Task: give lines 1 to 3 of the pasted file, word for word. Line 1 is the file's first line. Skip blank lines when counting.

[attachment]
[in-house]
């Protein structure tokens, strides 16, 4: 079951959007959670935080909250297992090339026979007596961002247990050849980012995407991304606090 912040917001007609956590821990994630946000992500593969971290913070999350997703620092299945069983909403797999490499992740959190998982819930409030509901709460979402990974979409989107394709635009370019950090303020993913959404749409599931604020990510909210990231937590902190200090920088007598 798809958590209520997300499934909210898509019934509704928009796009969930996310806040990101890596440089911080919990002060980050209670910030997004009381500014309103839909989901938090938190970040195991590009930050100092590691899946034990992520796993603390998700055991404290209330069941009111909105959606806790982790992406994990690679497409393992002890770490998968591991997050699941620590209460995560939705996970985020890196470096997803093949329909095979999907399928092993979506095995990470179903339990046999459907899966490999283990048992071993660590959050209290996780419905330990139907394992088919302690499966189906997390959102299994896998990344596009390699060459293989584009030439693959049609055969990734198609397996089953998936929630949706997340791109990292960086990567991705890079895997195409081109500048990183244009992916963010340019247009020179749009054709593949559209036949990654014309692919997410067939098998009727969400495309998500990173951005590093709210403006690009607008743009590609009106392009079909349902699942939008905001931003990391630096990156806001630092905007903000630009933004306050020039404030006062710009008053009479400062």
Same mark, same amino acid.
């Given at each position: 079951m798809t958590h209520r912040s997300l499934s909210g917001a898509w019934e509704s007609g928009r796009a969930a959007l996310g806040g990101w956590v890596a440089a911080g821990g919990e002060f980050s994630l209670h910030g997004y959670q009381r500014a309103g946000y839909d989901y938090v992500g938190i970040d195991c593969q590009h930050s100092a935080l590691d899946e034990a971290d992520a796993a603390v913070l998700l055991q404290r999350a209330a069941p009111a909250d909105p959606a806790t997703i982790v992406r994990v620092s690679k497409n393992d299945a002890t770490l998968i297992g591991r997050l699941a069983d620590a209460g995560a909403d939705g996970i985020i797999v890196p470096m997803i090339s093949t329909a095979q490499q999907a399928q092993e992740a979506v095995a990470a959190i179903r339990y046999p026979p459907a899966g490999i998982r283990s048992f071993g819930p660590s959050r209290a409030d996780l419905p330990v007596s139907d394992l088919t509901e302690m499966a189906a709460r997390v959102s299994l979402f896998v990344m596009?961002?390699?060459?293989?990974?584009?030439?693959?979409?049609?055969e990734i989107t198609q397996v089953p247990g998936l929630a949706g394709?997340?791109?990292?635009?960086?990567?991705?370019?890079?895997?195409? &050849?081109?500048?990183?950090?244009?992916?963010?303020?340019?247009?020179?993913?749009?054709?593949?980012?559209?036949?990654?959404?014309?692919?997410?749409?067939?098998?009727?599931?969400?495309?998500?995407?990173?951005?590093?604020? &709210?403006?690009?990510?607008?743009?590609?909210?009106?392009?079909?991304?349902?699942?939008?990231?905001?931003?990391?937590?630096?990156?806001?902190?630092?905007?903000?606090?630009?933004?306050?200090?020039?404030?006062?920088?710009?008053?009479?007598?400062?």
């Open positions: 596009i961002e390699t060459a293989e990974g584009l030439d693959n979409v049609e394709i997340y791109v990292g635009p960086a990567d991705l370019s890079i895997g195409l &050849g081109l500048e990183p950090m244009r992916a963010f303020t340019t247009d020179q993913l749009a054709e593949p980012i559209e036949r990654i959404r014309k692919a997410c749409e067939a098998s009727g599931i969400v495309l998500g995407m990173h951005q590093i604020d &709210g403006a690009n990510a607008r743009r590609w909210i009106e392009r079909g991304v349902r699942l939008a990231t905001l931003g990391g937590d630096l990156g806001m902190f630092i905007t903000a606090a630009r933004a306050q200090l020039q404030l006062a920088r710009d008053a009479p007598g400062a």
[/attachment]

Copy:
[in-house]
């Protein structure tokens, strides 16, 4: 079951959007959670935080909250297992090339026979007596961002247990050849980012995407991304606090 912040917001007609956590821990994630946000992500593969971290913070999350997703620092299945069983909403797999490499992740959190998982819930409030509901709460979402990974979409989107394709635009370019950090303020993913959404749409599931604020990510909210990231937590902190200090920088007598 798809958590209520997300499934909210898509019934509704928009796009969930996310806040990101890596440089911080919990002060980050209670910030997004009381500014309103839909989901938090938190970040195991590009930050100092590691899946034990992520796993603390998700055991404290209330069941009111909105959606806790982790992406994990690679497409393992002890770490998968591991997050699941620590209460995560939705996970985020890196470096997803093949329909095979999907399928092993979506095995990470179903339990046999459907899966490999283990048992071993660590959050209290996780419905330990139907394992088919302690499966189906997390959102299994896998990344596009390699060459293989584009030439693959049609055969990734198609397996089953998936929630949706997340791109990292960086990567991705890079895997195409081109500048990183244009992916963010340019247009020179749009054709593949559209036949990654014309692919997410067939098998009727969400495309998500990173951005590093709210403006690009607008743009590609009106392009079909349902699942939008905001931003990391630096990156806001630092905007903000630009933004306050020039404030006062710009008053009479400062």
Same mark, same amino acid.